October 13, 2005 |
The American small town at the turn of the 20th century is frequently viewed with nostalgia as a happy, optimistic place, populated by folks content with their constricted lives. On the musical stage, the River City of The Music Man is a prime example of such a community. There is also a contrary view of small-town America. Edwin Arlington Robinson's Spoon River Anthology poems are filled with melancholic people, and in Thornton Wilder's classic play Our Town, the intimacy of Grover's Corners does little to shield its residents from the cruel impositions of an indifferent universe.
January 31, 1989 |
The Pulitzers are back from India," my mother announced. "How do you know?" I asked. "I just saw their blinds go up. " Amazingly enough, this small-town conversation took place in New York City. Not so amazingly, really, since the year was 1938, and New York was a very different place from today's Big Apple; it still retained the coziness and many other aspects of a small town. I recall that I was amused, but not at all surprised, when I learned that Henry Luce, who was having an affair with a beautiful blond journalist, used a window blind to signal from his apartment in the Waldorf Towers to hers directly across Park Avenue.
June 11, 1990 |
Somebody else had to ring the church bell to summon the mourners to the Blooming Rose Church, because this time, Robert Friend couldn't do it. And from now on, somebody else will have to mow the grass at the Gospel Center parsonage. Somebody else will have to serve on the Teen Action board. Somebody else will have to be the president of the Markleysburg Borough. For Robert Friend, the quiet construction superintendent who always seemed to be where his neighbors needed him, is suddenly gone.
July 23, 1989 |
Whatever you do, please, please, PLEASE don't write about the rabbit, begs Charles "Cuzzy" Rowles. And if you write about it, he adds, "you aren't going to use names, are you?" OK, so we won't use the name of the rabbit. But the story goes like this: In November, a pet rabbit was minding its own business in the back of Ruth Rowles' yard in Eddystone Borough - a nice small yard, with a 3-foot-high cyclone fence. The rabbit was there all alone when - POW! - a neighborhood dog leapt the fence and ripped the rabbit and its metal cage to shreds.
August 27, 1990 |
Two groups of outsiders regularly invade Williamsport. One is predominantly white, middle class and welcome. The other is mostly black, poor and decidedly unwelcome. The welcome guests are fans of the Little League World Series, which opened here last week. The unwelcome visitors are recovering drug addicts and alcoholics, many of them escaping inner-city Philadelphia for treatment, fellowship and small-town tranquillity in Williamsport. The baseball fans leave after a few days.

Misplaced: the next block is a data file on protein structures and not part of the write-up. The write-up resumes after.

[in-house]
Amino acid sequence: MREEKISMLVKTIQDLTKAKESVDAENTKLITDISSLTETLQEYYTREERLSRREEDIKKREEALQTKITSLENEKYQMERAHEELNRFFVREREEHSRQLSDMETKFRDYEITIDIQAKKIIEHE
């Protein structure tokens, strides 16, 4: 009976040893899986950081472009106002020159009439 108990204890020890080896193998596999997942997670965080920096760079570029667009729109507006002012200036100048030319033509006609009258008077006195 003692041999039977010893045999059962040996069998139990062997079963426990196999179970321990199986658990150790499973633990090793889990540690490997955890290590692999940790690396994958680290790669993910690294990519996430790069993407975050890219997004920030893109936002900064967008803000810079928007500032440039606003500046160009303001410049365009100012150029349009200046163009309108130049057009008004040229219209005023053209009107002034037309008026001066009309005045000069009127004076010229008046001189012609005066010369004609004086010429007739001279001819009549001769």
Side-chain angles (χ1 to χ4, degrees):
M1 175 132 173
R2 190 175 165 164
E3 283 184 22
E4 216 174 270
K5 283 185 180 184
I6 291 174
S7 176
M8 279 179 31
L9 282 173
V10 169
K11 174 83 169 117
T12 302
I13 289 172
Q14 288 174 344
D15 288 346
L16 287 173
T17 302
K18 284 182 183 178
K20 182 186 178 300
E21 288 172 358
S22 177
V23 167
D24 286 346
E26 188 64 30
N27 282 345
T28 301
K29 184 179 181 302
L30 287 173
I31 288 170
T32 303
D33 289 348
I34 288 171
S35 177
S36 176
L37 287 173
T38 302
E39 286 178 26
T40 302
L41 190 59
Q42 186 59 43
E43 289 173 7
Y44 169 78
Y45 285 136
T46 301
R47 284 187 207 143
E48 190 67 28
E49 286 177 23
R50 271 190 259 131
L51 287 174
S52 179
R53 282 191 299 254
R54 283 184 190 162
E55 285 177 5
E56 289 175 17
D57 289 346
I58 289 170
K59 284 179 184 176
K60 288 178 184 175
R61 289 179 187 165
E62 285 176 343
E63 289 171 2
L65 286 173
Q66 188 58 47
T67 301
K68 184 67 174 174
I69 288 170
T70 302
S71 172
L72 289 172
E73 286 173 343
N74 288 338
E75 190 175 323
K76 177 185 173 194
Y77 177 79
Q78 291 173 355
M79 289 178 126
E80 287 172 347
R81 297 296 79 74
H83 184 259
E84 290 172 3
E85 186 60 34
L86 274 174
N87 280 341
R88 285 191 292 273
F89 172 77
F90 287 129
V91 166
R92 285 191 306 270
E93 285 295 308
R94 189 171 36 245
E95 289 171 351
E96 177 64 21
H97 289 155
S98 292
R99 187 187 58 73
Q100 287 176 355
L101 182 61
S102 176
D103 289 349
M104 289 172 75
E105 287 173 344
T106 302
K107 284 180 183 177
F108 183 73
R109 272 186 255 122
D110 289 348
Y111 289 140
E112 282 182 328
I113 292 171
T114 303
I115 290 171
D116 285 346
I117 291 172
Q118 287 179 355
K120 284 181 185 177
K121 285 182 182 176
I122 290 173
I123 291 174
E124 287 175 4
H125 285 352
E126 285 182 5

August 30, 2008 |
Sen. John McCain's surprise pick for vice president, Alaska Gov. Sarah Palin, has some wondering if she has the experience to handle the job. Until Palin became governor two years ago, the bulk of her political experience was as mayor of Wasilla, Alaska, a town similar in population to Lansdowne, Delaware County. Lansdowne has about 11,000 residents, according to census data, a few thousand more than Wasilla, population 8,000. While "small-town mayor" may not be a wow factor on a political resume, the mayors of these two communities say Palin gained valuable experience governing in a place where political foes need to get along with their neighbors.
October 15, 2010 |
Will (Josh Hopkins) is 35, a boyish man with a high-powered ad job and a good Philadelphia address who comes to Lebanon, Pa., for his father's funeral. CJ (Rachel Kitson) is 18, a womanly girl impatient to shake off the dust of Lebanon and move to Philadelphia for college. Their paths cross in Ben Hickernell's sophomore feature, Lebanon, Pa ., a poignant portrait of an unlikely friendship and a pungent contrast of urban clamor and small-town murmur. Where Will has lost his estranged dad, CJ can't get any distance from hers.
January 9, 2002 |
When I first heard the name of the South Jersey town where my newly minted lawyer husband-to-be would begin his practice, it meant absolutely nothing to me. I was, after all, a city girl from Philadelphia who regarded the Ben Franklin Bridge as a thoroughfare across a border I seldom crossed. But after our summer wedding and move to Levittown (now Willingboro), where we settled into a little Cape Cod house, I realized that my frame of reference was forever altered. I was a bona fide resident of New Jersey.
July 4, 2011
He is 50, father of a son and two daughters. He has a mild, intelligent face and wears rimless glasses. His hair, not long, runs wild in gray-white tufts. Tom Grady, the mayor of Narberth (population: 4,300), looks more like a professor than a pol. But he fits the mold in what he calls "the heart of the Main Line. " His half-square-mile borough, once a working man's town, has evolved into a bastion of "architects, lawyers, professionals," as he puts it. Mapes 5&10 has been joined by a Japanese market and French bakeries.
February 3, 2011 |
TAMPA - There are two living hockey legends from the unbelievably small Canadian town of Hearst - the furthest drivable town in northern Ontario. And both of them were in the St. Pete Times Forum on Wednesday night. One of them, Claude Larose, put French-speaking Hearst on the hockey map by winning five Stanley Cups with the Montreal Canadiens from 1965-1973. Flyers forward Claude Giroux, who grew up skating in the town's only hockey arena, which bears Larose's name, keeps the flame alive.